For Catholics who had been working to oppose the death penalty, Barr’s recognition at the prayer breakfast was inappropriate, given his record of ordering federal executions.
“I’m appalled,” said Sister Helen Prejean, a Catholic activist nun who has worked for nearly 40 years to end capital punishment. “It’s a blatant going against the teachings of the Catholic Church.”
Notably, U.S. bishops did not endorse the award to Barr.
“I don’t think that it was an appropriate choice,” Coakley told NPR. “They didn’t speak for the bishops of the United States in choosing to honor him in that way.”
During his remarks while accepting the award, Barr quoted John Paul II as saying, “the lay faithful are never to relinquish their participation in ‘public life.'” He noted how the Justice Department under his leadership has stood up for the right of religious people “to exercise their faith and be treated the same as others.” He did not mention the death penalty.
Among the groups sponsoring the National Catholic Prayer Breakfast is Catholic Vote, a lay advocacy group that this year vigorously supported President Trump’s reelection effort. Brian Burch, the group’s president, says his organization does recognize the Church’s opposition to the death penalty.
“As a Catholic organization ourselves, we look to the guidance of our Church,” Burch told NPR, “and our Church is saying, ‘We should be working to end its use in all circumstances.'”
Catholic Vote nevertheless supported Barr’s award because of his record in opposing abortion.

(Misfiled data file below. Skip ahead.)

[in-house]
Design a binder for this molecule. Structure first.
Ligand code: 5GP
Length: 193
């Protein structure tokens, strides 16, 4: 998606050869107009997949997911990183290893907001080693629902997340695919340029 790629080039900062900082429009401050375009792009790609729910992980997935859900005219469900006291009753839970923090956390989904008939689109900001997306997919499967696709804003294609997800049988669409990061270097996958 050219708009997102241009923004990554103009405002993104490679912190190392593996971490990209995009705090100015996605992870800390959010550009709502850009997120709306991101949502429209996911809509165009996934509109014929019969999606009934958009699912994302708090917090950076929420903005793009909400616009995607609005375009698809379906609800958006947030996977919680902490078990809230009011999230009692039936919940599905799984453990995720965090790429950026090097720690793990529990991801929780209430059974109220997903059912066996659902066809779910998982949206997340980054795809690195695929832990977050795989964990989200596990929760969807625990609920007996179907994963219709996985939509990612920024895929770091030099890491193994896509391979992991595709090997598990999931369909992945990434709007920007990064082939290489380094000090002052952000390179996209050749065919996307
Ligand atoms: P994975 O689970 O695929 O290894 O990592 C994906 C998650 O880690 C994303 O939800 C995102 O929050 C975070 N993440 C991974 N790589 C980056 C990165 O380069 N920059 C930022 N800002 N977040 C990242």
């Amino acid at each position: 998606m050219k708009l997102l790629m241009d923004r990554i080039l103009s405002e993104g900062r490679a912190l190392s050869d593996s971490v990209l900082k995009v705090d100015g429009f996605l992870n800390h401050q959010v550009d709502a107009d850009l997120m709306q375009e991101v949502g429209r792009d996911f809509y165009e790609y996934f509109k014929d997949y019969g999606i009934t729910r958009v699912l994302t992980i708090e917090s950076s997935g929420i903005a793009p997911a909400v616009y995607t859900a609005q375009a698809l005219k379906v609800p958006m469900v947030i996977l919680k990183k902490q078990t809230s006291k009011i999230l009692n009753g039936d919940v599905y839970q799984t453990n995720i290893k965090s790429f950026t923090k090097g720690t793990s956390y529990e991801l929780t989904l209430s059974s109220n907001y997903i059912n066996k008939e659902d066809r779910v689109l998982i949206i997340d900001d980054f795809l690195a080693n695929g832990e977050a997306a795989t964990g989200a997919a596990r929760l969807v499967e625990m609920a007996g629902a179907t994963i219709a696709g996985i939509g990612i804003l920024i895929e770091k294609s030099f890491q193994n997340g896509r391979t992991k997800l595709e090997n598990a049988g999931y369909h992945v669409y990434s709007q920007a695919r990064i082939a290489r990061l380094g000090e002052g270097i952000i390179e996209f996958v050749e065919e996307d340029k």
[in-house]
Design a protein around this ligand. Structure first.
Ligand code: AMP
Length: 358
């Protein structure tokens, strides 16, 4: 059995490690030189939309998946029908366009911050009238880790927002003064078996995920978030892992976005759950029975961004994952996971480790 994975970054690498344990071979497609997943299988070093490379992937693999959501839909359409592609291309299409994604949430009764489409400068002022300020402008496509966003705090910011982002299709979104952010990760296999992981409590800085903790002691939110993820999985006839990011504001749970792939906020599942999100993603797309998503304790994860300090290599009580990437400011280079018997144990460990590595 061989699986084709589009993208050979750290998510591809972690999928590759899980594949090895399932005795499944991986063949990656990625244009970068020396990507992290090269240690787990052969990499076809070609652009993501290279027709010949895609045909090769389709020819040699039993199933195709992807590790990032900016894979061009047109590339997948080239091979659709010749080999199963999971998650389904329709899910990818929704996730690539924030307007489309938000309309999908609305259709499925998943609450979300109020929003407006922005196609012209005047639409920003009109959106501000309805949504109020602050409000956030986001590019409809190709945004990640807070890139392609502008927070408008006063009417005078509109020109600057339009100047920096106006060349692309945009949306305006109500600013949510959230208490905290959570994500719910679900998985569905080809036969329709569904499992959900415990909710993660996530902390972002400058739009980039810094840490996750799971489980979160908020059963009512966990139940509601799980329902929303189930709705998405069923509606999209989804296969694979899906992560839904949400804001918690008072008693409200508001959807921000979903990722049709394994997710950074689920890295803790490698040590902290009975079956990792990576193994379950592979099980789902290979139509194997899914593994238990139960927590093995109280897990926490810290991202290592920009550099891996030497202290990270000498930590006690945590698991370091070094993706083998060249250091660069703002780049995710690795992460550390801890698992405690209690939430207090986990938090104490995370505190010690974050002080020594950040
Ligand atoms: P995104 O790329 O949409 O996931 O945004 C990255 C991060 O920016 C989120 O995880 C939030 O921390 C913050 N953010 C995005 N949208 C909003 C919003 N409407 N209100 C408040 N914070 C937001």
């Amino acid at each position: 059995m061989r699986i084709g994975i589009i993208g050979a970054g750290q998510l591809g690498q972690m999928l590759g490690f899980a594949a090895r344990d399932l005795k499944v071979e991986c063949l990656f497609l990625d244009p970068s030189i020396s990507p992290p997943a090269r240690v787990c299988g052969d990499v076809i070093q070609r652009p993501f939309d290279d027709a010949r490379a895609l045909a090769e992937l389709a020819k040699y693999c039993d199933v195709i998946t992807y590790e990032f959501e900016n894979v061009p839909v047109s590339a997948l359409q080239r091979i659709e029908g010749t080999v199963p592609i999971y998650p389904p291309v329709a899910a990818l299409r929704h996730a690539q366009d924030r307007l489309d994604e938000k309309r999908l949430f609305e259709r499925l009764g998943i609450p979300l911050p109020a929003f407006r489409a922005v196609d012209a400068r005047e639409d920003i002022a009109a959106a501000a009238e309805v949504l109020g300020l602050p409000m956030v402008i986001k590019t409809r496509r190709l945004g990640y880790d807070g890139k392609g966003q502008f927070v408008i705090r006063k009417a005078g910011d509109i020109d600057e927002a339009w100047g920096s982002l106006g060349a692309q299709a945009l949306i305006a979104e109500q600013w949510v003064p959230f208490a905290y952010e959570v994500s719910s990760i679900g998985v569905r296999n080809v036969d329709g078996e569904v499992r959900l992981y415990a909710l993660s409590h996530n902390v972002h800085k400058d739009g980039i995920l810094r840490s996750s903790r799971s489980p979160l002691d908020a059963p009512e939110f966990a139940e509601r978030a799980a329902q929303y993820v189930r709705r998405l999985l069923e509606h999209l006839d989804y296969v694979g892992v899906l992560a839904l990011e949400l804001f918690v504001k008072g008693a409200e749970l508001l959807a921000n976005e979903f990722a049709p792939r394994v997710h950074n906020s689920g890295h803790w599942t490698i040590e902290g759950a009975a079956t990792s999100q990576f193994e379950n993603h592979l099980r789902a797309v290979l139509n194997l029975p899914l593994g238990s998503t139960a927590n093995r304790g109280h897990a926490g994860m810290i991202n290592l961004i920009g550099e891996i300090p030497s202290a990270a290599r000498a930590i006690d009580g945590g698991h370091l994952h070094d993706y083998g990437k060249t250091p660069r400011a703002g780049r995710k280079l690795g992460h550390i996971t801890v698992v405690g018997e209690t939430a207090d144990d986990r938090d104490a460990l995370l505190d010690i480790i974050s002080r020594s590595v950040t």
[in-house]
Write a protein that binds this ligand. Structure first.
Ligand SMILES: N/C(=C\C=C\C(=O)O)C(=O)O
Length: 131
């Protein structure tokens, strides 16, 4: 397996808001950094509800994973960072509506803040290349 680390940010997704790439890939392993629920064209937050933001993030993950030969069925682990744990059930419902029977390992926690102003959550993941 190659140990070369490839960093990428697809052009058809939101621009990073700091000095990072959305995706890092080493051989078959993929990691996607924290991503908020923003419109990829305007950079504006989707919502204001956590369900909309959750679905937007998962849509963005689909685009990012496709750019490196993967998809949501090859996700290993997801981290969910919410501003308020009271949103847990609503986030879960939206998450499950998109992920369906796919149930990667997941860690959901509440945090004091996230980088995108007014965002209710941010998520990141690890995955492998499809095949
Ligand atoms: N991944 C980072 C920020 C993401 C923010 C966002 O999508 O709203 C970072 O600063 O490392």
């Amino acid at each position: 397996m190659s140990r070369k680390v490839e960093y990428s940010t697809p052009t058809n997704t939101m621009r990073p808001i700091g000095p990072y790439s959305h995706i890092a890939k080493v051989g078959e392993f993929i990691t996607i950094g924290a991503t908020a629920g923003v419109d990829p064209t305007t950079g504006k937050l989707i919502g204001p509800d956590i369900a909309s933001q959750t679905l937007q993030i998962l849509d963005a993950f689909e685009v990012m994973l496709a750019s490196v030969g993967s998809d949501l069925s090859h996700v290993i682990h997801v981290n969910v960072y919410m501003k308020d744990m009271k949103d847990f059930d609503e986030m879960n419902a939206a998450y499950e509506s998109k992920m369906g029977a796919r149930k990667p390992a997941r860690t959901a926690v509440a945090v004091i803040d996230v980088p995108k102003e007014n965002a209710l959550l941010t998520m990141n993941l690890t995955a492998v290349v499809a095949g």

“Albeit unfortunate and regrettable that we have had to use the death penalty, we’re not talking about large numbers,” Burch says. “The numbers [of executions] pale in comparison to the heinousness of the abortion numbers in our country.”
One difference between abortion and capital punishment, however, is that in the latter case, it is the government that does the killing.
Archbishop Coakley, while sharing the Catholic Church’s steadfast opposition to abortion, notes that the death penalty amounts to “violence by the State committed in our name.”
Evolving Catholic view
Other Catholic leaders, however, point out their Church actually supported the use of the death penalty for well over a thousand years, and they argue that recent pronouncements against it don’t necessarily rise to the level of official Church doctrine.
Steven Long, a theology professor at Ave Maria University in southwest Florida, says the Church’s relatively recent condemnations of the death penalty qualify as “prudential admonitions.” As such, he says, “one has to take them seriously … [but] … they are limited by circumstances which are not the same in different times and places.”
Other Catholics, however, note that when the Church previously condoned use of the death penalty, it was for the purpose of protecting society from dangerous criminals, not for the purpose of retribution.
“In his Gospel of Life encyclical, John Paul II called the death penalty unnecessary,” notes Coakley, “given the development of other alternatives that criminal justice systems can use to protect society and restore the balance of justice.”
For Sister Helen Prejean, who has accompanied many prisoners on Death Row, the unacceptability of the death penalty is simply a matter of Christian teaching.
“People are worth more than the worst act of their life,” she says. “Human beings can always change. That’s at the core of the Gospel of Life. That is what Jesus taught us.”
In any case, any controversy over federal executions is due to end after Joe Biden and Kamala Harris take office Jan. 20. Both have repeatedly emphasized their opposition to any use of the death penalty.